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A case report of the transport of an infant with a tension pneumopericardium.

Abstract
Neonatal pneumopericardium is a potentially fatal complication of positive-pressure ventilation and has become rare with the advent of surfactant replacement therapy. The clinical diagnosis, stabilization, treatment, and nursing care of an infant with pneumopericardium has not previously been discussed in the nursing literature. In this case report, delays in the recognition and definitive treatment of the pneumopericardium were encountered, resulting in the transport of an infant with a tension pneumopericardium and pneumoperitoneum. Root-cause analysis is used to identify contributing factors and examine system changes necessary to prevent the transport of another patient with a similar potentially life-threatening condition. Pneumopericardium should be suspected in any infant with an acute deterioration, especially in the presence of normal, equal breath sounds and muffled heart sounds, because prompt recognition and definitive treatment may be life-saving.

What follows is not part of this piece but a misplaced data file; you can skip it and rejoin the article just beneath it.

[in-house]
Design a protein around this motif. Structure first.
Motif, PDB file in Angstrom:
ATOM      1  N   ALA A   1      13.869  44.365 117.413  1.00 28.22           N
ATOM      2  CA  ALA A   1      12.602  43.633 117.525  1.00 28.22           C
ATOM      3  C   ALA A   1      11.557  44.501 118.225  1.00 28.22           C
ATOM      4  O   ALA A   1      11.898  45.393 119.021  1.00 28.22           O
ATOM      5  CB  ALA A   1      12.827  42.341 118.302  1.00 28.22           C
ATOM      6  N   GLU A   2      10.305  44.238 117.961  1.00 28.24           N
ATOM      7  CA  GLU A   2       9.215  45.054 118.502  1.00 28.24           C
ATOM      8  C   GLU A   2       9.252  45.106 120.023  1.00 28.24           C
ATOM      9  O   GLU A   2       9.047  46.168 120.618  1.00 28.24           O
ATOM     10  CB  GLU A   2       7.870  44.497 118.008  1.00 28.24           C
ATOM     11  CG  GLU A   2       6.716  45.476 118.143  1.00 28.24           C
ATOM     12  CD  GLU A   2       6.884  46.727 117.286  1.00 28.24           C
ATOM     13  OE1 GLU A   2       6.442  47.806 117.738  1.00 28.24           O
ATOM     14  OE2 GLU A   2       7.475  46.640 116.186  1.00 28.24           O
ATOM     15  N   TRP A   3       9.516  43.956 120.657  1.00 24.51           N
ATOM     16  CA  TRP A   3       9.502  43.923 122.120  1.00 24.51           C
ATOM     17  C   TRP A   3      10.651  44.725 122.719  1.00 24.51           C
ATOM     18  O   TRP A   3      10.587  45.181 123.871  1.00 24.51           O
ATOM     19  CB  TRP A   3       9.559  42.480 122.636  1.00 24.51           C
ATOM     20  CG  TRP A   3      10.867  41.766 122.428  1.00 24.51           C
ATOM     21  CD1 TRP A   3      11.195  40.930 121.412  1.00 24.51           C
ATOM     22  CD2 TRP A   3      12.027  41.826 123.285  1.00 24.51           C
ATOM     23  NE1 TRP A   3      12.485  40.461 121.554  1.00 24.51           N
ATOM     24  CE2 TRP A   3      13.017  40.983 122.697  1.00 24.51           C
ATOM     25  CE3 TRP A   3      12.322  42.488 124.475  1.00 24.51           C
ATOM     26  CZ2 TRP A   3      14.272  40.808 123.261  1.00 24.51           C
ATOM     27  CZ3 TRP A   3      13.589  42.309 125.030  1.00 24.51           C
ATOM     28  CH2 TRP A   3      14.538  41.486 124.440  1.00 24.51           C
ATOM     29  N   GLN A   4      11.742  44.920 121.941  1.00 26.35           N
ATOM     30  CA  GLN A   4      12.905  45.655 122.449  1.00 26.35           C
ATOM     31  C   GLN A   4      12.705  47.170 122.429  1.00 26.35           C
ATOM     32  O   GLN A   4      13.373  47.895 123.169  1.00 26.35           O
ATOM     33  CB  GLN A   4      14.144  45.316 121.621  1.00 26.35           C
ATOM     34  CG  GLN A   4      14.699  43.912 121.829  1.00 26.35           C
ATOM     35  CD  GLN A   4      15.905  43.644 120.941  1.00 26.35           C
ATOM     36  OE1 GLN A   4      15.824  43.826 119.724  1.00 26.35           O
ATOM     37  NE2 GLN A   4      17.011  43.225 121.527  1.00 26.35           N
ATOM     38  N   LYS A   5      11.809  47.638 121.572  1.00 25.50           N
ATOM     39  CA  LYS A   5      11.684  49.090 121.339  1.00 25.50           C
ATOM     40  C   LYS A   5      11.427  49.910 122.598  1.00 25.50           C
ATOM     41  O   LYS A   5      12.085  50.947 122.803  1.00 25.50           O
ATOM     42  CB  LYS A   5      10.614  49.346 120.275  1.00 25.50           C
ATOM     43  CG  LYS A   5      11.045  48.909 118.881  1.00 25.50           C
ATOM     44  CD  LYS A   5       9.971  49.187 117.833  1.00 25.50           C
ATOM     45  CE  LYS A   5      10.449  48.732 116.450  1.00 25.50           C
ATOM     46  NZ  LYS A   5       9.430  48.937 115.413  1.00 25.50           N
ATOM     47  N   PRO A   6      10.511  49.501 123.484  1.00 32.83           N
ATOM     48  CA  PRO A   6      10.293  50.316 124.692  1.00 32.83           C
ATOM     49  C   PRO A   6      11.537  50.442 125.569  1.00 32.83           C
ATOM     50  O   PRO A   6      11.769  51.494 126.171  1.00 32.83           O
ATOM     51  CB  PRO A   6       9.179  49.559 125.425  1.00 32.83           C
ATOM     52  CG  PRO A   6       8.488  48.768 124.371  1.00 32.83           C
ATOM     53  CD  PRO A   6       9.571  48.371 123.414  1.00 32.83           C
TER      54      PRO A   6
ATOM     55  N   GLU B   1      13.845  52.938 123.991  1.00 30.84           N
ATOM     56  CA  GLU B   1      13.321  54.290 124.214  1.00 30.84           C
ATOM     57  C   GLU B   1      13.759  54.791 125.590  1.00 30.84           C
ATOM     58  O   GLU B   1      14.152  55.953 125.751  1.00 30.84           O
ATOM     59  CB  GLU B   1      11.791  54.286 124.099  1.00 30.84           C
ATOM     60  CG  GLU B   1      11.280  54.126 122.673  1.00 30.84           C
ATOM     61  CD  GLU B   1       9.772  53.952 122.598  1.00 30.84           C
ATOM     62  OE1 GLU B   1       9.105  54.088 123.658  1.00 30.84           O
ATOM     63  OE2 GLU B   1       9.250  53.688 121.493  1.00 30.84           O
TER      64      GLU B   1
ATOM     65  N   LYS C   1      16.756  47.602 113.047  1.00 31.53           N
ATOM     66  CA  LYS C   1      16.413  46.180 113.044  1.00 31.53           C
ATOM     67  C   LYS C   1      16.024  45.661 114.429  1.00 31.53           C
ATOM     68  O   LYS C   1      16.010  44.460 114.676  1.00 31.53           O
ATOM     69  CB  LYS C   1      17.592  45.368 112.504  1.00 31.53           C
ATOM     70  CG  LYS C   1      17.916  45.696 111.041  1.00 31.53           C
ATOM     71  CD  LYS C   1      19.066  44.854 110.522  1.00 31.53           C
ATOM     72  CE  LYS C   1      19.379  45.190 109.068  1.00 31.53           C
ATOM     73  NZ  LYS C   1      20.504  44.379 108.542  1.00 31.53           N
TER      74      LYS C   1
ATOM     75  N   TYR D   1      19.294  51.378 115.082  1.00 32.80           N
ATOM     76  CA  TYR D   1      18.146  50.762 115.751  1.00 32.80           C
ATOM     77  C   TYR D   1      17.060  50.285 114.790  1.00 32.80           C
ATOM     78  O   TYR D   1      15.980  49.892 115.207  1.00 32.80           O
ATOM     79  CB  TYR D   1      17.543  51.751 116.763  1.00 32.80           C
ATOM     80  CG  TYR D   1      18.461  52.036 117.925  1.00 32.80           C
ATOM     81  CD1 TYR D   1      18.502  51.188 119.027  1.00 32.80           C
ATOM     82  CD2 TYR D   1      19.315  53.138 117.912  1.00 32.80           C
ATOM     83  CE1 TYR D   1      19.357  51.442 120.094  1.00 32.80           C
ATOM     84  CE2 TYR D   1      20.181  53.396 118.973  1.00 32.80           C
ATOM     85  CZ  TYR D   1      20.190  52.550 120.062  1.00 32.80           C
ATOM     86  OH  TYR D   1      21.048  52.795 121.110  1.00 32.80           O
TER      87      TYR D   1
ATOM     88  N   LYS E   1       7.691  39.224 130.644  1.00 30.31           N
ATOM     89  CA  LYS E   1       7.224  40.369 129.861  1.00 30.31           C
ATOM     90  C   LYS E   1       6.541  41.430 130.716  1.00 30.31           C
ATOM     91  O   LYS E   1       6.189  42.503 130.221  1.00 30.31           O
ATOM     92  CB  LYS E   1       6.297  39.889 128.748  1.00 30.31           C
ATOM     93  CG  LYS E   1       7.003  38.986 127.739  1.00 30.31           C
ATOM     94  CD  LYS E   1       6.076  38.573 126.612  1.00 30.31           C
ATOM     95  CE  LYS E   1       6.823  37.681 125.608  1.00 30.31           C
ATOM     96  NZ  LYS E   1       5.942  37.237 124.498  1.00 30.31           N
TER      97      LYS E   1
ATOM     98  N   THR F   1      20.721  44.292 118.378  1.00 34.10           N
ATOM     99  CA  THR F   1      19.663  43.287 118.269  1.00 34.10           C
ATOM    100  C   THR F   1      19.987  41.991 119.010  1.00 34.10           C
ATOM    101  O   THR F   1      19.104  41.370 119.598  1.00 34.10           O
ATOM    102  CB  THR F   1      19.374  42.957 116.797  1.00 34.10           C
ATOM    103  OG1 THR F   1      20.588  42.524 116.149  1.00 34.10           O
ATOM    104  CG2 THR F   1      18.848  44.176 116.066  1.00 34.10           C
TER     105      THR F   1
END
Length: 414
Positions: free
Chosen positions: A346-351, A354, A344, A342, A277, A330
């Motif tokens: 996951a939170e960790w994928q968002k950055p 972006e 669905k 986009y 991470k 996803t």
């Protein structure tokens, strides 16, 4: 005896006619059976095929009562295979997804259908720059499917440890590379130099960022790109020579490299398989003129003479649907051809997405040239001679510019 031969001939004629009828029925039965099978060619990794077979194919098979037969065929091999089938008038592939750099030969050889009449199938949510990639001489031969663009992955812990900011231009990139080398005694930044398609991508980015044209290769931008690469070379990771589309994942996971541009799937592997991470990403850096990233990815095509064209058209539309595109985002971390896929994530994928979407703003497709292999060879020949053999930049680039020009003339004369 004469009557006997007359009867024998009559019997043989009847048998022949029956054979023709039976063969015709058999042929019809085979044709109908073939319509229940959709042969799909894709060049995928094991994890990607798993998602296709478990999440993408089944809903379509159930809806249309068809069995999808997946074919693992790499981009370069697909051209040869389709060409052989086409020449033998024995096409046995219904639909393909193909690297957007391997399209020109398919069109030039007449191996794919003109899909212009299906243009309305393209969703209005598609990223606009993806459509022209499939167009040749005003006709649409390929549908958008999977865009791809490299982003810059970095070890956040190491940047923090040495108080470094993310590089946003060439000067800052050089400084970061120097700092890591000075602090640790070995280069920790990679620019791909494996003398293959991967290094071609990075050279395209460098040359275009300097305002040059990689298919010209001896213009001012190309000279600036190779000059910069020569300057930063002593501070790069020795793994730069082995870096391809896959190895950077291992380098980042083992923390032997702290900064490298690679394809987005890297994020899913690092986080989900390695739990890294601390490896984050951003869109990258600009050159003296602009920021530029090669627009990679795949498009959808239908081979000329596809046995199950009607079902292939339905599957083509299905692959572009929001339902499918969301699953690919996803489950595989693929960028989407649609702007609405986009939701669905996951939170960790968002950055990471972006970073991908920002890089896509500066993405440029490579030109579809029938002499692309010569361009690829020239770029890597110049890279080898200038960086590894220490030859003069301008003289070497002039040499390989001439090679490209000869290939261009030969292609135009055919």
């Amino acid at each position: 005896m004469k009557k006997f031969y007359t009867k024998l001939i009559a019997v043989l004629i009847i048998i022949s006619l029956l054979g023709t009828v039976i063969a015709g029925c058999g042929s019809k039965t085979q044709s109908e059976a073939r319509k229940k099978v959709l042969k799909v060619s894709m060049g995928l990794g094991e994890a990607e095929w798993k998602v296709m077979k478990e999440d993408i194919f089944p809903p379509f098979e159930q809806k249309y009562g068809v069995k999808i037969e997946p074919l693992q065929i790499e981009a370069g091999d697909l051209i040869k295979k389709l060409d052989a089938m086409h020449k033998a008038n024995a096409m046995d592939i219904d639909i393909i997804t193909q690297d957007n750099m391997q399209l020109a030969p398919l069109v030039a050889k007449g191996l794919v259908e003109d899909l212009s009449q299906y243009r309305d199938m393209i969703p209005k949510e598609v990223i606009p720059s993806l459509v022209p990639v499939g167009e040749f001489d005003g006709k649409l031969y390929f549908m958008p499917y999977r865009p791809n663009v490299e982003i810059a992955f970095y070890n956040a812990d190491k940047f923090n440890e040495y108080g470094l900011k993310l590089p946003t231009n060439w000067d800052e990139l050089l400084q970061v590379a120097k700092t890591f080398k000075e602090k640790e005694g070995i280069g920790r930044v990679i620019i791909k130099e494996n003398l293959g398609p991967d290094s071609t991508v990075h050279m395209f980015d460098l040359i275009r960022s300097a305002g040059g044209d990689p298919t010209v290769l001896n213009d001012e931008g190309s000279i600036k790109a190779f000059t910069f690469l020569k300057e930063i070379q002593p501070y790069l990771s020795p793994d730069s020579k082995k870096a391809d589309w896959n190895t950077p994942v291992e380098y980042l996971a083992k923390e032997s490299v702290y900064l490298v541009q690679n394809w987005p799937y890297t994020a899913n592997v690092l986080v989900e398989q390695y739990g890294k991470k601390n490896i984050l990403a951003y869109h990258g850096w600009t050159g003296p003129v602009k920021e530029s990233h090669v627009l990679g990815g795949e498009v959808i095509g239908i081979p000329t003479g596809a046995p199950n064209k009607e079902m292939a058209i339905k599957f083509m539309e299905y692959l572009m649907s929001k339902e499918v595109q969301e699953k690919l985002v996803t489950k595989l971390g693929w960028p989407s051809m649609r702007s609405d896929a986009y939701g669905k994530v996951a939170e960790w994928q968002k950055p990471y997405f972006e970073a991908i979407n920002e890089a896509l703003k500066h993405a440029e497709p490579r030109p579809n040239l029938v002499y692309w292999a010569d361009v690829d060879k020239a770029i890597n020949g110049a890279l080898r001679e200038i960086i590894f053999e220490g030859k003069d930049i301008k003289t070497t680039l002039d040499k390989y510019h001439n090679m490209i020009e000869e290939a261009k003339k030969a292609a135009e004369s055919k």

AuthorsBarbara C Mordue
JournalAdvances in neonatal care : official journal of the National Association of Neonatal Nurses (Adv Neonatal Care) Vol. 5 Issue 4 Pg. 190-200; quiz 201-3 (Aug 2005) ISSN: 1536-0903 [Print] United States
PMID16084477 (Publication Type: Case Reports, Journal Article, Review)
Topics
  • Humans
  • Infant, Newborn
  • Intensive Care, Neonatal (methods)
  • Male
  • Neonatal Nursing (methods)
  • Patient Transfer (methods)
  • Pneumopericardium (complications, diagnosis, nursing)
  • Pneumoperitoneum (complications, diagnosis, nursing)
  • Treatment Outcome

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